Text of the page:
President of JCJ Architecture, a local, national, and global architecture, planning, and interior design firm based in Hartford, Connecticut.
By Liisa Andreassen Correspondent
Stevens is responsible for managing the “business of architecture.” His focus is on the company’s overall financial strength and growth, including the development of new business and market strategies that align with the firm’s long-term vision and goals.
A CONVERSATION WITH PETER STEVENS.
The Zweig Letter: Internal transition is expensive. How do you “sell” this investment opportunity to your next generation of principals? How do you prepare them for the next step?
Peter Stevens: Over the past 20 years, JCJ has transitioned 100 percent of its ownership/shares twice. The first transition was done internally with after-tax dollars for the firm’s third generation of ownership (the firm was founded in 1936). Buyers of shares would personally finance their purchase shares with post-tax dollars. As an S-corp, individuals could use their annual distribution (based on percentage of ownership) to pay down their personal loans taken to pay for their purchased shares. Year-end distribution of profits to shareholders were fully taxable, so purchasers were buying the shares with after-tax dollars. In addition, all shareholders would loan back to the firm their portion of the operating capital required to start the new year (ranging from $2 million-$3 million) based on their ownership percentage. This “operating capital” loan was paid back to the shareholder (without interest) during the course of the year based on the performance of the firm during the year. The “selling” of this process is two-fold – performance/reward. Such an internal transition can’t occur without the firm being significantly profitable. Secondly, a majority of the profits (up to 85 percent) were to be distributed to the shareholders during the “buyout term” based on the number of shares owned.
The second transition occurred when the firm converted ownership to a 100 percent ESOP (S-corp structure). Selling shareholders had the choice of short- and long-term loans, with short-term loans (five years) earning a lower interest rate on their outstanding shares and long-term loans (beginning in year six) earning a significantly higher rate of interest. In case of the ESOP shares, there was no selling of the concept to employees. There was a significant selling to the existing shareholders to go the ESOP route. The earned interest rate on their shares was a big incentive to go forward with the ESOP. In the case of a 100 percent ESOP, the ESOP’s purchase of shares is done with pre-tax dollars.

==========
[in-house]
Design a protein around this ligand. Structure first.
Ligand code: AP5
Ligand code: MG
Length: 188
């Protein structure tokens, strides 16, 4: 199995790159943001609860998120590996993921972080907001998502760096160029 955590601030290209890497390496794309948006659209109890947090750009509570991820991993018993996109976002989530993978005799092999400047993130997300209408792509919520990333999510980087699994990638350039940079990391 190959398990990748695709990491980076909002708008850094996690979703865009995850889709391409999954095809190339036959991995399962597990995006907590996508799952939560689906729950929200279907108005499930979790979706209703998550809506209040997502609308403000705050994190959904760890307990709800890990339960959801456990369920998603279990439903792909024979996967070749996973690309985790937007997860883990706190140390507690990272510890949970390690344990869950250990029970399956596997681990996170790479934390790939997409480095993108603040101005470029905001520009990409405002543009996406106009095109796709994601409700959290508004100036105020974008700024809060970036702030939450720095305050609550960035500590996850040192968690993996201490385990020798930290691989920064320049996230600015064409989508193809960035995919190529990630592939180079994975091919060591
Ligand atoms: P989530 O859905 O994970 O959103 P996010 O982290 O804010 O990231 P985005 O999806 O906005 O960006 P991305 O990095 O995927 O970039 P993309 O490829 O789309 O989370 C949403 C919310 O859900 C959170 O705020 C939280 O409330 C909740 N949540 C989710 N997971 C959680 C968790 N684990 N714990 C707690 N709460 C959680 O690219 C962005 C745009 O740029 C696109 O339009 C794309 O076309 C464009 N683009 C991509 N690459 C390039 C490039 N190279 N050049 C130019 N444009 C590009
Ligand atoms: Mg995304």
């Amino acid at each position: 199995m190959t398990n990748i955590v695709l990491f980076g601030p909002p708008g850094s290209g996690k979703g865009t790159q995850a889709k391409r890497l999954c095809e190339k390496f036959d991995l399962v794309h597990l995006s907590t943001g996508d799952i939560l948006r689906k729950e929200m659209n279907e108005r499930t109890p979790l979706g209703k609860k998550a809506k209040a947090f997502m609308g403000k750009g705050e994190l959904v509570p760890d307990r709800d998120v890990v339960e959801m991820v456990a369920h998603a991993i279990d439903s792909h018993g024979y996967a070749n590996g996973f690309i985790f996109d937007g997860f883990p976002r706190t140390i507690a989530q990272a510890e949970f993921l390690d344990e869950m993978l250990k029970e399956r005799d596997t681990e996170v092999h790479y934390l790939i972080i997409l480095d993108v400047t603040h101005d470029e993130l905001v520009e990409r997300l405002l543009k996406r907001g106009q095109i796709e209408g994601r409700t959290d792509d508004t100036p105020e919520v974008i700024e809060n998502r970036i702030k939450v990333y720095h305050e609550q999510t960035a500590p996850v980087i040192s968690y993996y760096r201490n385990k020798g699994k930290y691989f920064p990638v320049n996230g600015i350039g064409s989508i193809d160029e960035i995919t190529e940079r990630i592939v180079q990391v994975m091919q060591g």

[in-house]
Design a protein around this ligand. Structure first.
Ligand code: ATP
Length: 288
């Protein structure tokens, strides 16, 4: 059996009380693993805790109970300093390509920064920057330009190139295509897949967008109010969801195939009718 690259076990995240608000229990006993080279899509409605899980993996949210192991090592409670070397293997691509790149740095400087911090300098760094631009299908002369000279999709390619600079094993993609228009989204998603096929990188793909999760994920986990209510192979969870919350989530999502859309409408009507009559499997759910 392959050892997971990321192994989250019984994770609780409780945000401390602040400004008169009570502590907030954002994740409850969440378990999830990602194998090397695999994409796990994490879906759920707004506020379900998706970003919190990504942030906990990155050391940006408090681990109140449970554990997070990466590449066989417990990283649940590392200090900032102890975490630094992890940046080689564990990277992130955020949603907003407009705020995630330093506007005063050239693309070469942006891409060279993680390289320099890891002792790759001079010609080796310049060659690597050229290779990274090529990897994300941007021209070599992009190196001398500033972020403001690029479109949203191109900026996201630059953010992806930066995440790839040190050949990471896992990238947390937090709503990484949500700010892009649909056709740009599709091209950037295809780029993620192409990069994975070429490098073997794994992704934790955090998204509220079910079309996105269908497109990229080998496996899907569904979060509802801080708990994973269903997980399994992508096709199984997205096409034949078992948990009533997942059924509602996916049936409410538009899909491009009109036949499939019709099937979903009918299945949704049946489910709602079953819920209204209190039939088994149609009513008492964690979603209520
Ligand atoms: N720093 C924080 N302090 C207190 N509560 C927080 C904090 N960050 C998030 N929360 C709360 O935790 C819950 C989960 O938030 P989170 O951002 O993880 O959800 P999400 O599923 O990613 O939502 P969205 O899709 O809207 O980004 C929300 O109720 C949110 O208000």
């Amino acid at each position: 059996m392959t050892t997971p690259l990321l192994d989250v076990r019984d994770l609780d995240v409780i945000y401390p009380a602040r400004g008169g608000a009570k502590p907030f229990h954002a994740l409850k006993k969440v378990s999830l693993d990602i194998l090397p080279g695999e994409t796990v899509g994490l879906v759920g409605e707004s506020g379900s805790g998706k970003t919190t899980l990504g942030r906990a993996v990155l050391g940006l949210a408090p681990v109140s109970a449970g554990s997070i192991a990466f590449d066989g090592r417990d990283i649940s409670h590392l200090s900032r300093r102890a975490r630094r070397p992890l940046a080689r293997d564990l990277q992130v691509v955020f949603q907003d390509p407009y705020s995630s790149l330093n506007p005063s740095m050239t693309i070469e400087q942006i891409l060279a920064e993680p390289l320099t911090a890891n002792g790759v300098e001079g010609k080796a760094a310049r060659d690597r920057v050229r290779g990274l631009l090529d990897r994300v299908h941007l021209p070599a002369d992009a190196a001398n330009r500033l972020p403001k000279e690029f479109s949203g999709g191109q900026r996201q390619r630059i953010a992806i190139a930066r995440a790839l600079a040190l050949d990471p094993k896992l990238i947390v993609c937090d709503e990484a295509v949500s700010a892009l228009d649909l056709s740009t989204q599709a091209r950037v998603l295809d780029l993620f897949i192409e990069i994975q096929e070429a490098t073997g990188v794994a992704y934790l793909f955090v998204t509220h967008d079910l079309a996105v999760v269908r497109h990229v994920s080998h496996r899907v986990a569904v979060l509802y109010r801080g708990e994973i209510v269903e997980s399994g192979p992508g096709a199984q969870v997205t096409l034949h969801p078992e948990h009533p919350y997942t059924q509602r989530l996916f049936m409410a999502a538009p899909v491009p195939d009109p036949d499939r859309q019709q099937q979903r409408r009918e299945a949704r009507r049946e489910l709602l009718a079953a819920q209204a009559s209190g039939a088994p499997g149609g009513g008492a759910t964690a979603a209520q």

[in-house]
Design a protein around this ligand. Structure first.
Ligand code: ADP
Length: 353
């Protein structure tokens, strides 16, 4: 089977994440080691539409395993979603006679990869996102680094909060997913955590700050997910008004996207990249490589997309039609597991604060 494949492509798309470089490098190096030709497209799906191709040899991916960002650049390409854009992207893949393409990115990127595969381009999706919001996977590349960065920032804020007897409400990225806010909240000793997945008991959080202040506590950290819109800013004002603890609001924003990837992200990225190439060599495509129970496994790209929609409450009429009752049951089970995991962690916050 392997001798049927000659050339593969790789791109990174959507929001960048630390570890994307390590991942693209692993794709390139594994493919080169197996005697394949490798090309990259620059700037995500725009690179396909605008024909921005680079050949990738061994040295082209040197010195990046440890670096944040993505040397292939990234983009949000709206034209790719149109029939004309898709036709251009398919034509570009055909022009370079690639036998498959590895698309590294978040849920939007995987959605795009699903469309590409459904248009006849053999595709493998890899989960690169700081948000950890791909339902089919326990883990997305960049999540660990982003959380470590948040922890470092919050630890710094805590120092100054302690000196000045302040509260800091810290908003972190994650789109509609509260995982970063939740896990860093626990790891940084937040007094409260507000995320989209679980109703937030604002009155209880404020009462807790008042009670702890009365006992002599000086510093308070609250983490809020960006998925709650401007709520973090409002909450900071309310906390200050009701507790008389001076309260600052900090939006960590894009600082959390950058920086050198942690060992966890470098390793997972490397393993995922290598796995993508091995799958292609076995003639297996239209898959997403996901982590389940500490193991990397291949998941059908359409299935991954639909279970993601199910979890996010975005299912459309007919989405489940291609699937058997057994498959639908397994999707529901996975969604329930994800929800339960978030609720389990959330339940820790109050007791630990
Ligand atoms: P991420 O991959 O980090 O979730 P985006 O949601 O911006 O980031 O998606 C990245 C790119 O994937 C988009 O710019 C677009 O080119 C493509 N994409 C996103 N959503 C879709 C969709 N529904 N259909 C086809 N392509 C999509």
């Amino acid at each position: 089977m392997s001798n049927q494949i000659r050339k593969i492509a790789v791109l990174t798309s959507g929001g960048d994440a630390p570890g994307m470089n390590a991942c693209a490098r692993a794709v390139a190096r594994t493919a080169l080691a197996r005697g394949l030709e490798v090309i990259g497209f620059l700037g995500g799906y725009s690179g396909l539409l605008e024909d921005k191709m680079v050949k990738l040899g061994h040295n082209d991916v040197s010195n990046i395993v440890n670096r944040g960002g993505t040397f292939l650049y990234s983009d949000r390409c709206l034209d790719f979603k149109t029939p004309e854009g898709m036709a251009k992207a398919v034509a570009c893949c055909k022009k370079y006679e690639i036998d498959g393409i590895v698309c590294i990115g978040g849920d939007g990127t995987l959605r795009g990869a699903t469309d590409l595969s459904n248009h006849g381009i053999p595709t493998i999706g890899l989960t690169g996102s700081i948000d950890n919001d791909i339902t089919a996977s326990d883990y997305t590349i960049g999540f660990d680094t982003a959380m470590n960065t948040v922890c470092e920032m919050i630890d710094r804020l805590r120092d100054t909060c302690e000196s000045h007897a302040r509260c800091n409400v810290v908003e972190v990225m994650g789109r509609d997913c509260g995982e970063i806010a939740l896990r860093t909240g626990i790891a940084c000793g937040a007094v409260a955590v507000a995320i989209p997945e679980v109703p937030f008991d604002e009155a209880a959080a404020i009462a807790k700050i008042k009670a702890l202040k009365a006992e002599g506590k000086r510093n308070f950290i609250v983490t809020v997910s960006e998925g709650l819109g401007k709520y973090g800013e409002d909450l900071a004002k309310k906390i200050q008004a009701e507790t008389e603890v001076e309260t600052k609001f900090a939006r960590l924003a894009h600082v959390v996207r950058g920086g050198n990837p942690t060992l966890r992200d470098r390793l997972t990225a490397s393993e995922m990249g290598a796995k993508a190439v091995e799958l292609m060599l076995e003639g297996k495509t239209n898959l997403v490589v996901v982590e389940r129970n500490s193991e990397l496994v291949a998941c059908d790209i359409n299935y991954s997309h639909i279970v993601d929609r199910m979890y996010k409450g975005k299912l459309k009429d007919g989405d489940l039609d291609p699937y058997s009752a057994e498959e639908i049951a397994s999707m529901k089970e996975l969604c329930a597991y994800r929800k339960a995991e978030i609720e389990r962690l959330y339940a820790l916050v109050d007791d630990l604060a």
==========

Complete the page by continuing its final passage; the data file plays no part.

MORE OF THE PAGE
TZL: What actions do you take to address a geographic office or specific discipline in the event of non-performance?
PS: JCJ has intentionally operated as a single profit center and uses the individual project as the common denominator for project-related performance (financial and other) evaluation. We have a highly evolved system of work share among our nine offices and don’t include corporate overhead assignments/costs to our offices. If we see negative trends in market share and/or profitability for a particular office and/or market sector, we initiate discussions with leadership and take a deeper dive on the specifics of underperformance, including what factors may be causing a lack of results: Are the indicators isolated or systemic? Are these results part of larger patterns in our industry or our target markets? We try to strike a balance between a desire to improve results with analysis of underlying causes. Once we have further information we take action accordingly. By having a full range of metrics – operational/performance goal for each office that includes its potential market and our expected market share, cost of operations, project profitability, client relationships, and opportunities for future growth – we get a holistic picture of the office’s viability. If negative performance on the above occurs in consecutive years, closure of that office is analyzed and an appropriate action is developed.